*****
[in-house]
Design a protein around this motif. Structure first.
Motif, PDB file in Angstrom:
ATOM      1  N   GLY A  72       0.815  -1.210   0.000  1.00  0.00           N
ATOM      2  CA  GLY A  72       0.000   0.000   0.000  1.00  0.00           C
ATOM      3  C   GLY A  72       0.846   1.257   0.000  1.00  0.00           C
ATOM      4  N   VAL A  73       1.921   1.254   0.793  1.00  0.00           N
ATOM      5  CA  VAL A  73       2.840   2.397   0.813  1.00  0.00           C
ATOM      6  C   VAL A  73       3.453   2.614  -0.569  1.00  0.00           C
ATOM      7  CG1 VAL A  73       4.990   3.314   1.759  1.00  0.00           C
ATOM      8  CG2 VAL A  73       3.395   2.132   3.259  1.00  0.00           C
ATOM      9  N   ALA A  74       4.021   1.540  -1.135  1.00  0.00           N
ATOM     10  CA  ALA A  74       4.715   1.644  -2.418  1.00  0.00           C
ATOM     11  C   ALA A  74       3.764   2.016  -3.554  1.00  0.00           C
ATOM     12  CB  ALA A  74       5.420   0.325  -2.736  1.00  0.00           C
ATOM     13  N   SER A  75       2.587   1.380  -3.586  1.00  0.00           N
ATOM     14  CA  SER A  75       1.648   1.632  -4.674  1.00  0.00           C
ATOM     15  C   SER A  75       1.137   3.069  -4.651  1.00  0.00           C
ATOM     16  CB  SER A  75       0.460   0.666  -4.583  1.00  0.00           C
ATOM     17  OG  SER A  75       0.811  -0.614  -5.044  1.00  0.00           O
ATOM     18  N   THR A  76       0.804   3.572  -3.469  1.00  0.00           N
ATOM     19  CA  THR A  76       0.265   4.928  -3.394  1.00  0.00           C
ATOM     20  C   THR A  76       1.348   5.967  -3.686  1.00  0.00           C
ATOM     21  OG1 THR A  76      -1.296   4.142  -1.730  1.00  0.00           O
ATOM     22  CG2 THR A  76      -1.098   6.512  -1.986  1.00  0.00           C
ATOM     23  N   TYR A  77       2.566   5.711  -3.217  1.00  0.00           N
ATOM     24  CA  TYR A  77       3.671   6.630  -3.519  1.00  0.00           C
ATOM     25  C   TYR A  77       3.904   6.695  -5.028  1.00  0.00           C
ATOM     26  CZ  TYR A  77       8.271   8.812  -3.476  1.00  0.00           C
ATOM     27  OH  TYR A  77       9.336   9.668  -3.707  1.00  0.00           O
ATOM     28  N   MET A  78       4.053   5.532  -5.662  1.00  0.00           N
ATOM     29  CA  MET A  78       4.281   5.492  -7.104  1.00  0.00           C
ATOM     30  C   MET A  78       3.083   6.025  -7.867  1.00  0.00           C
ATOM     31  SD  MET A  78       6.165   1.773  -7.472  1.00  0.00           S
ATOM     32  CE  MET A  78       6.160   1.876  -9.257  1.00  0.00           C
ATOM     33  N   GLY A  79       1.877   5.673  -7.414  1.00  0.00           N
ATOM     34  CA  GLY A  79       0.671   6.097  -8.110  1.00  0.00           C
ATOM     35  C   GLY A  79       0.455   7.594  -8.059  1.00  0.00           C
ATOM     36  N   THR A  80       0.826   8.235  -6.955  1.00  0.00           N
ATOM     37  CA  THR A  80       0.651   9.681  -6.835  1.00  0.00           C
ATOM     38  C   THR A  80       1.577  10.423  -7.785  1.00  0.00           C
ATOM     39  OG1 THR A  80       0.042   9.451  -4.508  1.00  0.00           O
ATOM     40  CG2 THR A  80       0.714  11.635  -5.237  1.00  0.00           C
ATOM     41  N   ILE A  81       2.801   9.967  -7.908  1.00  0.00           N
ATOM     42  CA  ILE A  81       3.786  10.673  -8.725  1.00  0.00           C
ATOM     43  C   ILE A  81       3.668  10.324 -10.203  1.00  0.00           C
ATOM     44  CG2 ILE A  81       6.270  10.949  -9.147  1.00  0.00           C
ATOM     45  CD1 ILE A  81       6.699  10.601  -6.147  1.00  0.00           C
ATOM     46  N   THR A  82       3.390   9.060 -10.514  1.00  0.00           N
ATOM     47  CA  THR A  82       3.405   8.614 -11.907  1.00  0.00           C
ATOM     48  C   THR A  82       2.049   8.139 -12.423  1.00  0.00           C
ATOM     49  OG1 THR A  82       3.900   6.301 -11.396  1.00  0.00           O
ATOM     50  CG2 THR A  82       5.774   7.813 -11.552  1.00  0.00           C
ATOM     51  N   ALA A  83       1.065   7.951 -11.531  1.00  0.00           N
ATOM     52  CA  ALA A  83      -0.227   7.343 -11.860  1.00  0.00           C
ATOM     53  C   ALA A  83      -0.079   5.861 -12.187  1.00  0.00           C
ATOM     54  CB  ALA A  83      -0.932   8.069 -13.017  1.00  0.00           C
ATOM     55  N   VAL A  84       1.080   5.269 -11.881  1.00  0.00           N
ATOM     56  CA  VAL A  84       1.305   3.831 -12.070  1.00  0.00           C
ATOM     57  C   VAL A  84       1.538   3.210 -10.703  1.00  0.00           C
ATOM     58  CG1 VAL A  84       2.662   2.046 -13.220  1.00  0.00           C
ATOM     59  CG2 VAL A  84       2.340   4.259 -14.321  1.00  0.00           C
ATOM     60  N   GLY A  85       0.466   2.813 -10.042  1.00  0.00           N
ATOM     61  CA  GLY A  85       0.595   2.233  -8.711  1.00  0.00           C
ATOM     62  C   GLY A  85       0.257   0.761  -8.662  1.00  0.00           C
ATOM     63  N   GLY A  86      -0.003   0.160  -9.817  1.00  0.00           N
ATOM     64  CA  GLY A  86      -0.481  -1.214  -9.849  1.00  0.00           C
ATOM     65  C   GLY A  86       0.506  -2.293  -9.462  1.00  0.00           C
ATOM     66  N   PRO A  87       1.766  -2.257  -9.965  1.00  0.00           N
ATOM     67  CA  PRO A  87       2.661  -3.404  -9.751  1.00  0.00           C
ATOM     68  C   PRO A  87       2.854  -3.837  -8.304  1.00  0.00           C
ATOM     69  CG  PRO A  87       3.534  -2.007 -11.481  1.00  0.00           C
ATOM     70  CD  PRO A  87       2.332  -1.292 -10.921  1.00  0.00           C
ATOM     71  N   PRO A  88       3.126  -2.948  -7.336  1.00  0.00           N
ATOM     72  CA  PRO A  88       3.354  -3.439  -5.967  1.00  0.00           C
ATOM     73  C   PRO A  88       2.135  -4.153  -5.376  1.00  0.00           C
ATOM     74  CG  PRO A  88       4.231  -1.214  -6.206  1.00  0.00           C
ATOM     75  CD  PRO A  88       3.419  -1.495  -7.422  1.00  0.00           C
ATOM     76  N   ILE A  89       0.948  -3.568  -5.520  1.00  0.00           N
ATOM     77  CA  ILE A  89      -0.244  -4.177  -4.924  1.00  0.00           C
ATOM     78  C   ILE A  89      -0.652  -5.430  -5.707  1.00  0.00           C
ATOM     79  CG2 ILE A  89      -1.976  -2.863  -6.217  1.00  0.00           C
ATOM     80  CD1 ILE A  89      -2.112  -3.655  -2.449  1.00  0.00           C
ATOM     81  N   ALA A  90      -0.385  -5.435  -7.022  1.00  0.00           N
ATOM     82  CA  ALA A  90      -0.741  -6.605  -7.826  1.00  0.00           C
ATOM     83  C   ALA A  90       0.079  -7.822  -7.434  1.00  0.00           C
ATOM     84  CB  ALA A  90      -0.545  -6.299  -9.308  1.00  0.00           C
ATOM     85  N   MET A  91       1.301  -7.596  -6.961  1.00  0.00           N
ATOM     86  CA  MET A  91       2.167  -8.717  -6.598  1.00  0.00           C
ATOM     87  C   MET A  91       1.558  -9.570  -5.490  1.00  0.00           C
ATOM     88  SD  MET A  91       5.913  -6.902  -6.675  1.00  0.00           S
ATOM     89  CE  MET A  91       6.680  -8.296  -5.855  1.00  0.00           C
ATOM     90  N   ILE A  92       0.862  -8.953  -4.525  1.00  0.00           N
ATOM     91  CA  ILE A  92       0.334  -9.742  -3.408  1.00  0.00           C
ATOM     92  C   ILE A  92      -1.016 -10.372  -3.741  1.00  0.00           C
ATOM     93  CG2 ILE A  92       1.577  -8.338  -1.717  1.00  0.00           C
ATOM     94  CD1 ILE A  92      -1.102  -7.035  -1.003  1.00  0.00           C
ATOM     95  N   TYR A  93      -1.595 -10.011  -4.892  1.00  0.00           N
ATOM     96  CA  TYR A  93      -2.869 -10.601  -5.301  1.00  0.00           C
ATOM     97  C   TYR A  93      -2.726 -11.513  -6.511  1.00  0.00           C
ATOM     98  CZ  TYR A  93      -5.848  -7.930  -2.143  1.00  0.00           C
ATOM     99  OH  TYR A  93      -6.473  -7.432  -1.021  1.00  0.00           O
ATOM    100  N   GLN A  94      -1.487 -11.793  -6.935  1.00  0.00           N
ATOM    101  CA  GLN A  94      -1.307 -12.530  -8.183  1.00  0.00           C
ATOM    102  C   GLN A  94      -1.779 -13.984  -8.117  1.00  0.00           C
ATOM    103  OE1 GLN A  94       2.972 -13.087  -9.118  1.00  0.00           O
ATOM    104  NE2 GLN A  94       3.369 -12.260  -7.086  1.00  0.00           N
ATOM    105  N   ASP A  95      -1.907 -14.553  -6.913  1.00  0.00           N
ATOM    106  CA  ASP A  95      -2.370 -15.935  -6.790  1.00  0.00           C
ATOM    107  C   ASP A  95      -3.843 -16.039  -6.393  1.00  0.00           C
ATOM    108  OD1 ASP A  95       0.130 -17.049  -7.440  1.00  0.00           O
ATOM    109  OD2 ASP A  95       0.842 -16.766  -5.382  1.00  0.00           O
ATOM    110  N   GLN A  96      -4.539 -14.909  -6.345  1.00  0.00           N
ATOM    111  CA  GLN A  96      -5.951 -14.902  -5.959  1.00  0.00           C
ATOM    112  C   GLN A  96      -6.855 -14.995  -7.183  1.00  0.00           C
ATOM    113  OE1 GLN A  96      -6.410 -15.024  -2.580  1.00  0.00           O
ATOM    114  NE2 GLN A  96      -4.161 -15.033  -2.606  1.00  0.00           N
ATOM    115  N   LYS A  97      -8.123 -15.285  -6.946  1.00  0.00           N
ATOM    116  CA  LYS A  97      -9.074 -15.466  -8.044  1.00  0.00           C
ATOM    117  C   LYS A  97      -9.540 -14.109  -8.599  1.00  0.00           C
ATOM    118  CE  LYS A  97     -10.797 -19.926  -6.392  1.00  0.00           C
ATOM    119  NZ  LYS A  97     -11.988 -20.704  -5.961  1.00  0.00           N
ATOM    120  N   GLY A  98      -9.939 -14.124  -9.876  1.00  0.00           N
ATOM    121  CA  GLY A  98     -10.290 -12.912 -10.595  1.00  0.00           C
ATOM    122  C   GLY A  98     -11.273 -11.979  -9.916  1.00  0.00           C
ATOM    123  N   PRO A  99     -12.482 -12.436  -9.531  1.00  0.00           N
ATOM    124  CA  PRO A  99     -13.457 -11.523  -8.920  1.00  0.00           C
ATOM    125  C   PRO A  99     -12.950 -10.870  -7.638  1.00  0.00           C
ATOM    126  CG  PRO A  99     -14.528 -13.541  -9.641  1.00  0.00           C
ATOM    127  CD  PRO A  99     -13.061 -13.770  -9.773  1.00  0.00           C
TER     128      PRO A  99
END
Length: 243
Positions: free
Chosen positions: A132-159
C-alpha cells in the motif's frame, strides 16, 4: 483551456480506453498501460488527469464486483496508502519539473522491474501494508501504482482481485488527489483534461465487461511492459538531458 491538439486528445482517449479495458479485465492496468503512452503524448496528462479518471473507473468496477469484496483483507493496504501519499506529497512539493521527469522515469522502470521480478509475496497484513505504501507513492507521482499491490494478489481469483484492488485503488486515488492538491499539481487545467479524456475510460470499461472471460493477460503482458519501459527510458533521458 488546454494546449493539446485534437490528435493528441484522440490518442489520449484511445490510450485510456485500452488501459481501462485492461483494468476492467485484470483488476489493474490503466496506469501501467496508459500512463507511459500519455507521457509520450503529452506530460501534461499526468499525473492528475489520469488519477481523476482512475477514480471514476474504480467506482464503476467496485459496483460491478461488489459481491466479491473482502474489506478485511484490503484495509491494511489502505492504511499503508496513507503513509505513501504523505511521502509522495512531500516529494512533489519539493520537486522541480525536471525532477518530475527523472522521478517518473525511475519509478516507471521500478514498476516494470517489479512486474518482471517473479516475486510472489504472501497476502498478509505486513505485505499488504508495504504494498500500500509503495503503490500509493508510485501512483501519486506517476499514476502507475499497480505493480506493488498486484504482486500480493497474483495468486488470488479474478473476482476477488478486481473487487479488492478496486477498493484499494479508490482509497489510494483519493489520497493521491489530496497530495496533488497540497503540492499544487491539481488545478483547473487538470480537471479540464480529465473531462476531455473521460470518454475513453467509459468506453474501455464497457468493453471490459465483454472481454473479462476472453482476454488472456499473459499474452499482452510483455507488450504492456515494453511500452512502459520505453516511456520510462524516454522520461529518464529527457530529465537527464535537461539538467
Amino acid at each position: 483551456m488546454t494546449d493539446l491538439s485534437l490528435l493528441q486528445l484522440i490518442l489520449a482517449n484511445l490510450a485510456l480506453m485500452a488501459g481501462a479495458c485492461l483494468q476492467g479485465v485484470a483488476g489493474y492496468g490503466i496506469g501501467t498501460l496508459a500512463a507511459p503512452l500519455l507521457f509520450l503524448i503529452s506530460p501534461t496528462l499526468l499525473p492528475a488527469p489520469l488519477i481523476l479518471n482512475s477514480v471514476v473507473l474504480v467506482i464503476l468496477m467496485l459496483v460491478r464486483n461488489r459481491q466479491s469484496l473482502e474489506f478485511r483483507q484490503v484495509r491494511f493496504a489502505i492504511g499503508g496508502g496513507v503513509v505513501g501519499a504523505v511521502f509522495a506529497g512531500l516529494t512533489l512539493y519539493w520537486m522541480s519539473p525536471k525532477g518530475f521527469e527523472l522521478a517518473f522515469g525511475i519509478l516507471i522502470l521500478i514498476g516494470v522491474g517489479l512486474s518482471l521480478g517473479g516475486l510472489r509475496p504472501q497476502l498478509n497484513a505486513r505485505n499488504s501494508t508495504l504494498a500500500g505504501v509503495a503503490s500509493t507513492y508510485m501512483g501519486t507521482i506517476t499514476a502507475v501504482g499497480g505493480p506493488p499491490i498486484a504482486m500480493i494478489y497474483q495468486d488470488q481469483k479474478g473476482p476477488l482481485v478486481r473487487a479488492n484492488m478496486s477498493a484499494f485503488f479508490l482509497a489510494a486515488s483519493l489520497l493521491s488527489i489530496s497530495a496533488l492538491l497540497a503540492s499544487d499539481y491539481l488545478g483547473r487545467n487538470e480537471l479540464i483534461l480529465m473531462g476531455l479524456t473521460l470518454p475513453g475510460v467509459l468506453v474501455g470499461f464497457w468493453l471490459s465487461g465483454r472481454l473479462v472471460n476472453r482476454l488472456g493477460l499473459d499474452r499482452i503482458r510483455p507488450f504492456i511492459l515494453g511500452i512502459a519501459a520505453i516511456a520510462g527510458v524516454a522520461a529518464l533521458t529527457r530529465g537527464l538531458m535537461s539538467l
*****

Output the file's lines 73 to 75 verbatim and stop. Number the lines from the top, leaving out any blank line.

ATOM     70  CD  PRO A  87       2.332  -1.292 -10.921  1.00  0.00           C
ATOM     71  N   PRO A  88       3.126  -2.948  -7.336  1.00  0.00           N
ATOM     72  CA  PRO A  88       3.354  -3.439  -5.967  1.00  0.00           C